Our Favorite Holiday Treat: Tuna on Wasabi Lotus Chips

blogpoke2I’m delighted to share a wonderful party treat for poke, sashimi, and sushi fans out there.

Some friends came over to our place recently for quick dinner before we headed out to Circus Center, a very entertaining acrobatic cabaret(highly recommend!) here in our neighborhood in San Francisco.

One of our friends brought over a bowl of poke, so we broke out the wasabi flavored lotus chips, and created the perfect party holiday party hors d’oeuvre!

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Lotus Chips on HBO’s Silicon Valley Season Premiere

svtitlesequ3Did anyone else spot our lotus chips on HBO’s Silicon Valley season premiere? For our team, our product’s appearance on the show was an exciting moment. Because Pied Piper represents more than just a fictional company on a show – it is the quintessential startup in the tech industry.

Of course, it comes as no surprise that this techiest, geekiest, most disruptive company would be snacking on Good Roots Lotus Chips. What else would make the cut?

For a small food brand, it was a dream come true. Good Roots on HBO? Yes!

Wonder how we did it? Here’s the story of how it happened…

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Some Lotus Root Science

lotus-rootThe lotus is certainly one of the most meaningful and symbolic plants in the world. It is the most sacred flower for Buddhists and admired throughout Asia, and the “water lilly” is also popular in gardens in the West. Since the beautiful lotus flower springs up from muddy and challenging surroundings, the lotus became a symbol of hope and transcendence. The lotus is also a sign of wealth, knowledge, purity and things achieved through adversity and challenge.
What we at Good Roots care most about is the root of the lotus of course…

The lotus root is embedded in the mud or silt at the bottom of the pond. The lotus root is a “rhizome,” meaning the root grows horizontally as a line of interconnected root stubs connected by “nodes.” So when you are viewing raw lotus root in the food store, you are actually seeing one root stub (internode) of many interconnected internodes that feed the lotus flower. For freshness and transport purposes, we receive our lotus root as connected internodes.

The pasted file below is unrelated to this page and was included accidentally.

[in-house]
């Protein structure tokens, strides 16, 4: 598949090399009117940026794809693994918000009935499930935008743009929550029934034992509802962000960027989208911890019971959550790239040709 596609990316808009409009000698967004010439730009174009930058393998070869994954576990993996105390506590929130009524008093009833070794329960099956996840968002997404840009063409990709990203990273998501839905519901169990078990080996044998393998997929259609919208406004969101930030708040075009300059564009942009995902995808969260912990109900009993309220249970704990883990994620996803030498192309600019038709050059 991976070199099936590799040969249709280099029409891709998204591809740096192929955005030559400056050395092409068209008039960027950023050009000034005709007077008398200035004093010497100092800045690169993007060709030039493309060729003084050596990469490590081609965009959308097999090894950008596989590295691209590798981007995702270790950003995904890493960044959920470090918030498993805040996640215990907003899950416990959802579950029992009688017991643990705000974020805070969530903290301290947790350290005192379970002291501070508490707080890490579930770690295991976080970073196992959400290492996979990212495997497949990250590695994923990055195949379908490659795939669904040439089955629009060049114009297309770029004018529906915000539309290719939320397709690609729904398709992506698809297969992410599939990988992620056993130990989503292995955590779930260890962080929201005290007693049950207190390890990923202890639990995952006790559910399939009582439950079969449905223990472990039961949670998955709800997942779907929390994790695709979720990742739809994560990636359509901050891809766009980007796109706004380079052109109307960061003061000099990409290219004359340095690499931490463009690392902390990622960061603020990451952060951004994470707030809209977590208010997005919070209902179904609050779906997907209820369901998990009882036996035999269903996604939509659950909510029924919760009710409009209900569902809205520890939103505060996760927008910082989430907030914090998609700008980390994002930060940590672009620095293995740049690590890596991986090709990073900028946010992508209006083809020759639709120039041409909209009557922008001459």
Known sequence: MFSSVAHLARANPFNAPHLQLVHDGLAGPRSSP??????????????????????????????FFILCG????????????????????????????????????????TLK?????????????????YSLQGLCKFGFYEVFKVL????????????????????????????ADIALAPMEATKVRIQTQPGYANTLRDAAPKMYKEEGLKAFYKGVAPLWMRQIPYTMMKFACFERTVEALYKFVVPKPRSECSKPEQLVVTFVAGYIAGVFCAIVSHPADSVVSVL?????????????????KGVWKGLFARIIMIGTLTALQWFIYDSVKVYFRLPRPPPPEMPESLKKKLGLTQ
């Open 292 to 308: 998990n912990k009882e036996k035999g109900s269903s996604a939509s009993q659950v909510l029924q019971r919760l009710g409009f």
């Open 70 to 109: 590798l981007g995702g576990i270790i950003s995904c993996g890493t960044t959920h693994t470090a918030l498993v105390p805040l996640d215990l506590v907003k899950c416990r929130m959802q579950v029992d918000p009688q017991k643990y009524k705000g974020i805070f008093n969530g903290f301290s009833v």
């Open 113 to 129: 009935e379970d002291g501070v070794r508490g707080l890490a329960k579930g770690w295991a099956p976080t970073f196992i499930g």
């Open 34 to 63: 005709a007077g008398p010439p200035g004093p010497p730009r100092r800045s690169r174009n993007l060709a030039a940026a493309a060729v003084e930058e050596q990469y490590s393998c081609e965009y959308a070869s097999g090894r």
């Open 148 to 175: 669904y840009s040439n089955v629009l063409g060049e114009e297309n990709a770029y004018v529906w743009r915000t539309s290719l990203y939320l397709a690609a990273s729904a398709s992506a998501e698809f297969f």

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Our Story: The Roots of Good Roots

first-blogWell, this is our first blog, so what to write about?  I suppose writing a little more about the Good Roots story, how we started, and how we got to this point is the best jumping off point for this first blog. In future blogs, I hope to write more about different subjects like complementary dishes, cooking process, nutrition, store partners, and the Good Roots team. But back to our story…

I was born and raised in Kagoshima, Japan, where the root of the lotus flower is known as “renkon.”  Renkon is most commonly used as an accompanying root vegetable for a variety of dishes, rice plates, and soups. Lotus are grown in Japan but are also frequently imported into Japan from other countries including China, where they are prominently farmed and known as “lian ou.”  Renkon chips, or lotus chips, are more common as a special side dish in restaurants in Asia and much less likely to be made at home. They are typically made by an experienced cook and the lotus root itself can be hard to tame on the stove top.

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